Rachel Cusk’s The Lucky Ones

Few books have the power to make you want to turn to the stranger sitting next to you on a train or in a coffee shop and say, “Here, you have to read this.” Rachel Cusk’s The Lucky Ones is that kind of book. Told from the point of view of five different characters, Cusk’s incisive prose takes you inside the heads of people haunted by their relationships with children. In “Confinement,” the opening story, Kristy, a pregnant inmate who is likely innocent of the arson charges against her, spends the last few hours before her delivery wrestling with the prospect of a life spent away from her baby.

She made herself small. For a moment she herself was the baby and the child inside her took on a strange authority, the primacy of an unlived life. It seemed to her then almost as if the baby had the power to free her from herself. In this small room where the light behind the bars wore the sad pallor of a winter afternoon, of a day slipping by unlived, untasted, in this place where everything existed in a single dimension of fact, it was a miracle that this transference was possible.

Kristy’s case takes a turn for the worse when her lawyer, Victor, hands over her files to a young, indifferent associate, Jane. Jane makes an appearance in “The Way You Do It,” the story of two couples, a single woman, and a new father, all dealing with parenthood–desired or sidelined, fulfilled or wanting. Cusk is masterful in her nuanced examination of how a new baby has changed the lives of the yuppies in the story, particularly Martin, the new father.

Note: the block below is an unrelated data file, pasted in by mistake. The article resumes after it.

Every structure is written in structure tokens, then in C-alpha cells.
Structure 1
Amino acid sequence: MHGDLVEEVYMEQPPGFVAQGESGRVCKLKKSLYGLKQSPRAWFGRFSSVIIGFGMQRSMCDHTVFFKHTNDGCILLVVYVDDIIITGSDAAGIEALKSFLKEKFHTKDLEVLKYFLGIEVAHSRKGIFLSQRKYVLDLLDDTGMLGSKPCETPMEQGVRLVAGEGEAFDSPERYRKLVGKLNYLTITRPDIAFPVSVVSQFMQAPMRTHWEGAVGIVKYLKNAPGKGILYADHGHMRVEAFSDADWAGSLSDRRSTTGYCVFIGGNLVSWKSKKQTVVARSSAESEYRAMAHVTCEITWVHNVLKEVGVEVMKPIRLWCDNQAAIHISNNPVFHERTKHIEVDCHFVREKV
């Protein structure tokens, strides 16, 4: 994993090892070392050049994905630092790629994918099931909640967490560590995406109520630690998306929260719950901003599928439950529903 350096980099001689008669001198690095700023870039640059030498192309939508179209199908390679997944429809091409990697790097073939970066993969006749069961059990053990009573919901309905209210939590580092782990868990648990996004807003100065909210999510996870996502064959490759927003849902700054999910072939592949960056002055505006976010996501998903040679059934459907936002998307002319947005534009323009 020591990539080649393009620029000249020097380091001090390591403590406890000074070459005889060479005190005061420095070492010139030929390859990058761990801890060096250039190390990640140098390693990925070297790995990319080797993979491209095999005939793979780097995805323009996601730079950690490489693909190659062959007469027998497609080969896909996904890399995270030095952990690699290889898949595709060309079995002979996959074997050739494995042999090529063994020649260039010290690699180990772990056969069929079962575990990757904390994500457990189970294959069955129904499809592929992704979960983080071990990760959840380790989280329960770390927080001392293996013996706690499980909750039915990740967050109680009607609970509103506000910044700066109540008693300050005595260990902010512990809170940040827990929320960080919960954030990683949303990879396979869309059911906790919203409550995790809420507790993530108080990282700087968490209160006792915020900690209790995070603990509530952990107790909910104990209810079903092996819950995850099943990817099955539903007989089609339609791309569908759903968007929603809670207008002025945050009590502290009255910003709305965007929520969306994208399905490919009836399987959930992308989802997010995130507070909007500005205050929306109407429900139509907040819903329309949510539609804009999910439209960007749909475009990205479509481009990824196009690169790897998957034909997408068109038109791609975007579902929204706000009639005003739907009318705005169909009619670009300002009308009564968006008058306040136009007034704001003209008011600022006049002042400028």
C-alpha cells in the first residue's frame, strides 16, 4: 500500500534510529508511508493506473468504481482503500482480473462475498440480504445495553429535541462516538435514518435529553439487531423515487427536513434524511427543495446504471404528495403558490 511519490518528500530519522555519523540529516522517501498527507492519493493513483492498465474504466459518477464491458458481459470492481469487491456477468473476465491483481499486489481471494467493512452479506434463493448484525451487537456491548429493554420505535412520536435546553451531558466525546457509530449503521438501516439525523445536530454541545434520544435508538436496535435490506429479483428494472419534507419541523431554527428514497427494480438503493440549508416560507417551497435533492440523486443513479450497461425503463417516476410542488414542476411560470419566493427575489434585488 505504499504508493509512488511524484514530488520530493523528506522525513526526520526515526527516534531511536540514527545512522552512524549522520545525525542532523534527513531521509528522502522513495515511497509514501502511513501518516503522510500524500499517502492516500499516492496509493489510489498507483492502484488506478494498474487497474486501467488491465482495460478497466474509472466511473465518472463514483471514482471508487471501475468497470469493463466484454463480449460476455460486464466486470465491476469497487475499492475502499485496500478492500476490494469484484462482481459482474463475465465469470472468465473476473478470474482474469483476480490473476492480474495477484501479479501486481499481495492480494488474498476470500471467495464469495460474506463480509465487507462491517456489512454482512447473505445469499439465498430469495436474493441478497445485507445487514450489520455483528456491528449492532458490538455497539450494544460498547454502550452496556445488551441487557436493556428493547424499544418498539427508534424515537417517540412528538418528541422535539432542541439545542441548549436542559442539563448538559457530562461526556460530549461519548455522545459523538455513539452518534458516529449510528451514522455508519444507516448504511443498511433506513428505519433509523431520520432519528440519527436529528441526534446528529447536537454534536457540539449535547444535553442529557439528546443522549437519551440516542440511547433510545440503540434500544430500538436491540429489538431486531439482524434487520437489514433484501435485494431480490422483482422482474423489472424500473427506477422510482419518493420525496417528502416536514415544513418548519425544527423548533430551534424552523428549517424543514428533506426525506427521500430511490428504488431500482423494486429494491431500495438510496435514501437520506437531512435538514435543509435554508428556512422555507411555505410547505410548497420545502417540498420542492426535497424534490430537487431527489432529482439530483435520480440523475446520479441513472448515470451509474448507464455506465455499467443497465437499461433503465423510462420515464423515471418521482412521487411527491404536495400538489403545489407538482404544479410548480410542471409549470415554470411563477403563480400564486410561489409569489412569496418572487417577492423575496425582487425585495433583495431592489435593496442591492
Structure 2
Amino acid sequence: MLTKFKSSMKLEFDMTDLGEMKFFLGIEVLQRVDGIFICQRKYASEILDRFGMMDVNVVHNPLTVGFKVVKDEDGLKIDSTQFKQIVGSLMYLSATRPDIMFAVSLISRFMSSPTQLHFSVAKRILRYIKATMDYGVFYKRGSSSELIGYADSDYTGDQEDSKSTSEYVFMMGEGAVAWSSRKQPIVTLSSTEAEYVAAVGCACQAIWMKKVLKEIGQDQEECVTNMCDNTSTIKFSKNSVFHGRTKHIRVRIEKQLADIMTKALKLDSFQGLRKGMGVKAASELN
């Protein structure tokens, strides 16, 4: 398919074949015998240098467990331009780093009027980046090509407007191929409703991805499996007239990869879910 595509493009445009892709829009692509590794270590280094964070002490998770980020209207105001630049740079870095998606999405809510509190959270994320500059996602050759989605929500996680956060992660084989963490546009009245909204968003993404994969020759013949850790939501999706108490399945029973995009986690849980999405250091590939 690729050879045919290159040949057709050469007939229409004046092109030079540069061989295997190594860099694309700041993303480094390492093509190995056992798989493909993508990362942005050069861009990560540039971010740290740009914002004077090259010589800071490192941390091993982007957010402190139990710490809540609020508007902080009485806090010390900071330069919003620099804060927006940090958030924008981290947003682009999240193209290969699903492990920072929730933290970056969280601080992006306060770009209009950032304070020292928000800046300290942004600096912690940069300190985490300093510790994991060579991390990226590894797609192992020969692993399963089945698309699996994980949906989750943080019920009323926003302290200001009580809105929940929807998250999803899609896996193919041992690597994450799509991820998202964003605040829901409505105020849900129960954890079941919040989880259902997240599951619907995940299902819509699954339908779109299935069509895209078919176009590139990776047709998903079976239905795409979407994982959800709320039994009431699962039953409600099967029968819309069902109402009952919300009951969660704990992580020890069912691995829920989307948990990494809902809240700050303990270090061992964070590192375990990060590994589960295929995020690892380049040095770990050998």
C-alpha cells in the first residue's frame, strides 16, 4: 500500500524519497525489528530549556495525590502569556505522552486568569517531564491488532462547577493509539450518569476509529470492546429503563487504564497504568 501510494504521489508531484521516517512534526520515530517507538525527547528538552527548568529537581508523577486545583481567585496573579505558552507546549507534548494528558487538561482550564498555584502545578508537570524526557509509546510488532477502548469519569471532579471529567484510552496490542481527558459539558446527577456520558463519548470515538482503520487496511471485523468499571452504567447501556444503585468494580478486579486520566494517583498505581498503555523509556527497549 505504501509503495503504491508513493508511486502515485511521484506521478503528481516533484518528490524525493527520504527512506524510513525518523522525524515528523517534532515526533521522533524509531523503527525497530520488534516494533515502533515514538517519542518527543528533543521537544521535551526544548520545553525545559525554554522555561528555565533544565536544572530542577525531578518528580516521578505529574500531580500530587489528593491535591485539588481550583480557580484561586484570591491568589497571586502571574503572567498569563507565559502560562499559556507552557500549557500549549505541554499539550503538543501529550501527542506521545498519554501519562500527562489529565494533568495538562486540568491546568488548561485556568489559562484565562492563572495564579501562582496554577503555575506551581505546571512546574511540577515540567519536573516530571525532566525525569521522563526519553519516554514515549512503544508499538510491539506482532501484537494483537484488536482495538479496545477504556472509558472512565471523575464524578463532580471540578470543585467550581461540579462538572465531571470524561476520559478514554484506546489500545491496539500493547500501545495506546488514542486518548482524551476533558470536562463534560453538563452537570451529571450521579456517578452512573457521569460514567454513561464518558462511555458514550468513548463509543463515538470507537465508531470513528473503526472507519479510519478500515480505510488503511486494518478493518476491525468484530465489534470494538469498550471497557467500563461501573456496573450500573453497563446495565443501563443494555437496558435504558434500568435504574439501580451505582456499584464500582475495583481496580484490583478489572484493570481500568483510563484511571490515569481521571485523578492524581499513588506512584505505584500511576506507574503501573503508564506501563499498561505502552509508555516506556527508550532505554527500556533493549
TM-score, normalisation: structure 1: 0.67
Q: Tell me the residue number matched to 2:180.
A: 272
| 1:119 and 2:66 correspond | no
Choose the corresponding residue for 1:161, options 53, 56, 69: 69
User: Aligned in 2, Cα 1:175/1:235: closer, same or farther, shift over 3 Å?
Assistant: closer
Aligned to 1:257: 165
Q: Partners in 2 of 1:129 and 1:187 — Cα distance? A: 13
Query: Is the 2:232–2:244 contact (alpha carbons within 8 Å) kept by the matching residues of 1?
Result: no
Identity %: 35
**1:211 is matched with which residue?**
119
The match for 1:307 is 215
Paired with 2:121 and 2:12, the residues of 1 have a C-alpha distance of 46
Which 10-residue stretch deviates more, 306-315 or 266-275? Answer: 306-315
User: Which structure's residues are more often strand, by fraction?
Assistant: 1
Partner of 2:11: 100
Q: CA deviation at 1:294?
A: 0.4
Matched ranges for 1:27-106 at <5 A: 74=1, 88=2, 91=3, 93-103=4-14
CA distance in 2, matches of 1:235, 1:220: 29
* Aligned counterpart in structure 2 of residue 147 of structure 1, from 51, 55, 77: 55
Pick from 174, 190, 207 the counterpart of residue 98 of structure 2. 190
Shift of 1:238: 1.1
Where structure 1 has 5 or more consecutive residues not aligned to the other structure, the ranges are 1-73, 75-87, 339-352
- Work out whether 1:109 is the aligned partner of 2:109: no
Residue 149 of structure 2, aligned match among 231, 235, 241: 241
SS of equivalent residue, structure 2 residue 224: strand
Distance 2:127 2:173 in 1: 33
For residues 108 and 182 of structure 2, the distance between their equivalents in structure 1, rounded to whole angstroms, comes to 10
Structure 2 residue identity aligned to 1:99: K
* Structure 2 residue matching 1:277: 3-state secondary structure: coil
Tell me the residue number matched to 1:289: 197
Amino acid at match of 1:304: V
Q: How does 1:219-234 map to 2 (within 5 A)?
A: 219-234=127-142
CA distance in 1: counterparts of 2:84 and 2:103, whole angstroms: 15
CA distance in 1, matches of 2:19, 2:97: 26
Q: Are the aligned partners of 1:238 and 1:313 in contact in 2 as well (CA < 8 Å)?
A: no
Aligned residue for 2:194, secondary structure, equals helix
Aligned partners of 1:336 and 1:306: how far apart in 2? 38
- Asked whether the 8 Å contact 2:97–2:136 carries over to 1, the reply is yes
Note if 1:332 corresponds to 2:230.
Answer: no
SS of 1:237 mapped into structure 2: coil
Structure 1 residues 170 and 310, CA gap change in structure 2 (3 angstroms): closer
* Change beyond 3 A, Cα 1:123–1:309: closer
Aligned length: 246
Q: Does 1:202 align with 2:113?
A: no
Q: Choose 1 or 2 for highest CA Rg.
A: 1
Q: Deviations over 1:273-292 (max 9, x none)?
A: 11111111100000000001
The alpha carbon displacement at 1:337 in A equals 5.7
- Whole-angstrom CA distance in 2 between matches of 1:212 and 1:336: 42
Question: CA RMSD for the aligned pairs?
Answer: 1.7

It should have made no difference but it did — in his chest there was the feeling of a gash opening, a scar that he saw would never mend, because no matter how carefully he stitched it up it lay across a part of himself whose motion was fundamental. Now that the baby had come his life would be lived against a mounting force of limitation.

The next story, “The Sacrifices,” is told in the first-person and concerns two filial relationships: the narrator and her mother, and the narrator and her husband’s son from a previous relationship. In “Mrs Daley’s Daughter,” the reader is again introduced to Josephine, one of the women in the skiing party, who comes home to visit her mother after having a baby, but there is no comfort from the meeting. And in “Matters of Life and Death,” we witness a husband and wife’s difficult adjustment to the baby in their lives.
Cusk’s view of parenthood, devoid of the customary saccharine, is rather bleak and, for some people, also quite authentic. Her prose slices through each family portrait, revealing insights sometimes dimly perceived but never fully exposed. I know it’s still early in the year, but this collection (or novel, if you believe the cover) is my favorite so far.